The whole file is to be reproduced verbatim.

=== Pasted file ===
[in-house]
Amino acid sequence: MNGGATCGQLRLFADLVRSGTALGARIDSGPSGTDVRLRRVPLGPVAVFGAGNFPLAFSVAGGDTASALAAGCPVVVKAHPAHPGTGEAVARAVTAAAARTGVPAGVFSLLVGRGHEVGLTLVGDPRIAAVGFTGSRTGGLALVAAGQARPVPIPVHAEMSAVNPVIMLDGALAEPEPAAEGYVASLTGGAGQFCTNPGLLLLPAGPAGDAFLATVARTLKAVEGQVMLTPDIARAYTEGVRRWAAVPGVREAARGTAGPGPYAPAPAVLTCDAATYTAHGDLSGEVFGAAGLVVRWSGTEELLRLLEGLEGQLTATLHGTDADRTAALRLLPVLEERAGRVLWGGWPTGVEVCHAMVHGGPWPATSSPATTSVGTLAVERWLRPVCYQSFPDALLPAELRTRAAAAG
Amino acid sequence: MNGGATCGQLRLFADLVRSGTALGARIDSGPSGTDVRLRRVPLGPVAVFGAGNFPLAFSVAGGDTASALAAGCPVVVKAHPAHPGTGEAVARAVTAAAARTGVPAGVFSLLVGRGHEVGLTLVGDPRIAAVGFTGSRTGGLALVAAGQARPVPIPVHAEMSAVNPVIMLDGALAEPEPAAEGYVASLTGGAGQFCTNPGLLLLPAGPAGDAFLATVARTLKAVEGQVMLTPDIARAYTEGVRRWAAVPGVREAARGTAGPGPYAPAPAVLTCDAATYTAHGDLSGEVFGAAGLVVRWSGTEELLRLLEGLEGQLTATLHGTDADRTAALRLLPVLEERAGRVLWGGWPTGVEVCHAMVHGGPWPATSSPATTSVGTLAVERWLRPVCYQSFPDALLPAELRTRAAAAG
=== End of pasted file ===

[in-house]
Amino acid sequence: MNGGATCGQLRLFADLVRSGTALGARIDSGPSGTDVRLRRVPLGPVAVFGAGNFPLAFSVAGGDTASALAAGCPVVVKAHPAHPGTGEAVARAVTAAAARTGVPAGVFSLLVGRGHEVGLTLVGDPRIAAVGFTGSRTGGLALVAAGQARPVPIPVHAEMSAVNPVIMLDGALAEPEPAAEGYVASLTGGAGQFCTNPGLLLLPAGPAGDAFLATVARTLKAVEGQVMLTPDIARAYTEGVRRWAAVPGVREAARGTAGPGPYAPAPAVLTCDAATYTAHGDLSGEVFGAAGLVVRWSGTEELLRLLEGLEGQLTATLHGTDADRTAALRLLPVLEERAGRVLWGGWPTGVEVCHAMVHGGPWPATSSPATTSVGTLAVERWLRPVCYQSFPDALLPAELRTRAAAAG
Amino acid sequence: MNGGATCGQLRLFADLVRSGTALGARIDSGPSGTDVRLRRVPLGPVAVFGAGNFPLAFSVAGGDTASALAAGCPVVVKAHPAHPGTGEAVARAVTAAAARTGVPAGVFSLLVGRGHEVGLTLVGDPRIAAVGFTGSRTGGLALVAAGQARPVPIPVHAEMSAVNPVIMLDGALAEPEPAAEGYVASLTGGAGQFCTNPGLLLLPAGPAGDAFLATVARTLKAVEGQVMLTPDIARAYTEGVRRWAAVPGVREAARGTAGPGPYAPAPAVLTCDAATYTAHGDLSGEVFGAAGLVVRWSGTEELLRLLEGLEGQLTATLHGTDADRTAALRLLPVLEERAGRVLWGGWPTGVEVCHAMVHGGPWPATSSPATTSVGTLAVERWLRPVCYQSFPDALLPAELRTRAAAAG